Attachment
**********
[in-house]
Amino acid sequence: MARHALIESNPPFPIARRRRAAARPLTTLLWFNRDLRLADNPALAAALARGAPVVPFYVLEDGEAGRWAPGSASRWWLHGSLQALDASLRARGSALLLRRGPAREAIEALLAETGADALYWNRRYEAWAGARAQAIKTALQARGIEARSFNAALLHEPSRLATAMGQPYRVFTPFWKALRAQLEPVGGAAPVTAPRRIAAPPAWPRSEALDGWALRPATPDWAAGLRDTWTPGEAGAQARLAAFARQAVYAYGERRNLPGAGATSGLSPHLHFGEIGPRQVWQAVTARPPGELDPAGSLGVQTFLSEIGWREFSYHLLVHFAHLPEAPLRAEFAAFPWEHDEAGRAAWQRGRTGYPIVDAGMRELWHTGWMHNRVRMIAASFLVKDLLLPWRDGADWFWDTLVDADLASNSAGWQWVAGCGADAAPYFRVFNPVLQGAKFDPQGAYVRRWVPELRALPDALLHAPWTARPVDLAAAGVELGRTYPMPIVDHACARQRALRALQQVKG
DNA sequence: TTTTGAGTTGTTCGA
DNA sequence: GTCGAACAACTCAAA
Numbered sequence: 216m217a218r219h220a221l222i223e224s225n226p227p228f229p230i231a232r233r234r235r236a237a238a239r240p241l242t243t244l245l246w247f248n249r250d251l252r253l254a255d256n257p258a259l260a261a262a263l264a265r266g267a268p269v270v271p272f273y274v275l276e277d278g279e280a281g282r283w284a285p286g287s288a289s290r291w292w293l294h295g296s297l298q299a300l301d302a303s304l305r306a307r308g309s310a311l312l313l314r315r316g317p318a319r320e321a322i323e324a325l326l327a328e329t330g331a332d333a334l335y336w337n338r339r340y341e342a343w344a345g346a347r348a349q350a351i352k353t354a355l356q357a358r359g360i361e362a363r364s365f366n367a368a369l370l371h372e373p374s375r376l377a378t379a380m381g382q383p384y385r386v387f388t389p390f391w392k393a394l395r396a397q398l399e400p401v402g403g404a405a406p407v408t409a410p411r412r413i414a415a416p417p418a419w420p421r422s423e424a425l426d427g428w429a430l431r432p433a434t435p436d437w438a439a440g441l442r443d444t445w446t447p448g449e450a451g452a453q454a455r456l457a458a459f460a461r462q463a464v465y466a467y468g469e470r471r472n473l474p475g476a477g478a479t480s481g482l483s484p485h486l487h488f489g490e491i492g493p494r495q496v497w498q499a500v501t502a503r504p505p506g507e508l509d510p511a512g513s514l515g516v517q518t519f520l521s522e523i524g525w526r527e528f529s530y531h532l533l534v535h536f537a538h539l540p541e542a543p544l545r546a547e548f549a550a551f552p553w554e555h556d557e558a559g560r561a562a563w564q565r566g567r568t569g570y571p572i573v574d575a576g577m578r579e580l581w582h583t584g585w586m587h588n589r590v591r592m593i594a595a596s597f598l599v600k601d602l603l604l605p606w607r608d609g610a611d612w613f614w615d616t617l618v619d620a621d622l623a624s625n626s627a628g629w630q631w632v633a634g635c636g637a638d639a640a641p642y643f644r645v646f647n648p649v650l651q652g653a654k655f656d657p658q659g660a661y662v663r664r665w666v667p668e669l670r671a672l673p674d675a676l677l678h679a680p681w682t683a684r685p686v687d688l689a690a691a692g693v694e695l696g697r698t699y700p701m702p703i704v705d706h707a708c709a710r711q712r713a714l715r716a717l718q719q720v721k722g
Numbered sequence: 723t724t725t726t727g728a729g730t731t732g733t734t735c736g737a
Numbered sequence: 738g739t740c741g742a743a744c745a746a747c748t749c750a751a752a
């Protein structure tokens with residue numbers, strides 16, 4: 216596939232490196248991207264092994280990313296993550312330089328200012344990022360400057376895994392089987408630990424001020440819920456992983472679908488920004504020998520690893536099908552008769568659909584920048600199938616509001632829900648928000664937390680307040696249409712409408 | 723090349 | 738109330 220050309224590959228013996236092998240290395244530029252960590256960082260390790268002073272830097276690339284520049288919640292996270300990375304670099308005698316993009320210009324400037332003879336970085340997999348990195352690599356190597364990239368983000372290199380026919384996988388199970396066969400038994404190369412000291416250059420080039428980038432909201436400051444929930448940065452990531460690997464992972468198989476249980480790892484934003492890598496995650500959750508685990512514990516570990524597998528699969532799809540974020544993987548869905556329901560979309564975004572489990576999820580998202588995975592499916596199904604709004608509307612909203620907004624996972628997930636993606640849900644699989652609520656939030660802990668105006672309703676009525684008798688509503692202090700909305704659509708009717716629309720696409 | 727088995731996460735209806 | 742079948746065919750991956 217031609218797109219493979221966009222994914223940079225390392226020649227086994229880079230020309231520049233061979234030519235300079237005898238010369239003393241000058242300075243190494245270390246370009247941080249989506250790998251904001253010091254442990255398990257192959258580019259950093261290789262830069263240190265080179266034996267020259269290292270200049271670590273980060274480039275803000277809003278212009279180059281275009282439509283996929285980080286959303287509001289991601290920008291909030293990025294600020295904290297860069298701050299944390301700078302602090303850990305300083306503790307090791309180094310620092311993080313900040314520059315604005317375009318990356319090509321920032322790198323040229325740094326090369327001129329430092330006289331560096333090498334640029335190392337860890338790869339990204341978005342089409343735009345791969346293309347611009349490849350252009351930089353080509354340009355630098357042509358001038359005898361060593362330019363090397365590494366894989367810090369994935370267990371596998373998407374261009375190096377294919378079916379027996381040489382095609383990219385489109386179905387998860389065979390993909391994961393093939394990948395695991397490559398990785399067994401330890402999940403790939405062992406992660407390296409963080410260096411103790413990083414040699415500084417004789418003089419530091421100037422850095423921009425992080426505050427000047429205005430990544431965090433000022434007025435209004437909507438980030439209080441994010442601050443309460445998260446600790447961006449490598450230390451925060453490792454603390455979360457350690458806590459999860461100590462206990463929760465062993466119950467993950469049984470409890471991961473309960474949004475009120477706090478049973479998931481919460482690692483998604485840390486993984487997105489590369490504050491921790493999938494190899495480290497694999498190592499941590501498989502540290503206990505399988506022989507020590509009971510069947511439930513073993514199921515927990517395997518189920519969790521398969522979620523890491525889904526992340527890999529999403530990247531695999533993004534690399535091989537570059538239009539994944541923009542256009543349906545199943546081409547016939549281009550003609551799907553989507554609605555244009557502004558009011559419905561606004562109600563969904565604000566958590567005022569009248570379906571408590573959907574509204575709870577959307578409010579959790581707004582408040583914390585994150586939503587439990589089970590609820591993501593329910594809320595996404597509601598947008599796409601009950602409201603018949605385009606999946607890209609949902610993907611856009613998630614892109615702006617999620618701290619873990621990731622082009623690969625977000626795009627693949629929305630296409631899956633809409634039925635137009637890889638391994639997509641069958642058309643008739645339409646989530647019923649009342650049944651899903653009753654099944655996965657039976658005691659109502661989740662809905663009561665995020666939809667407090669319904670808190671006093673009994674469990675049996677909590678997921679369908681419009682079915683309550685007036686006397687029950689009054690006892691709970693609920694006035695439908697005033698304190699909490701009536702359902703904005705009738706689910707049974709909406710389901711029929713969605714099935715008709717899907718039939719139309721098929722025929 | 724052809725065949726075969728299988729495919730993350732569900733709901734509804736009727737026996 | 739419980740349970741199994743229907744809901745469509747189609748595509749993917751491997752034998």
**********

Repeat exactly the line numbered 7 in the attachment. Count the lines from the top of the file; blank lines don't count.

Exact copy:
Numbered sequence: 738g739t740c741g742a743a744c745a746a747c748t749c750a751a752a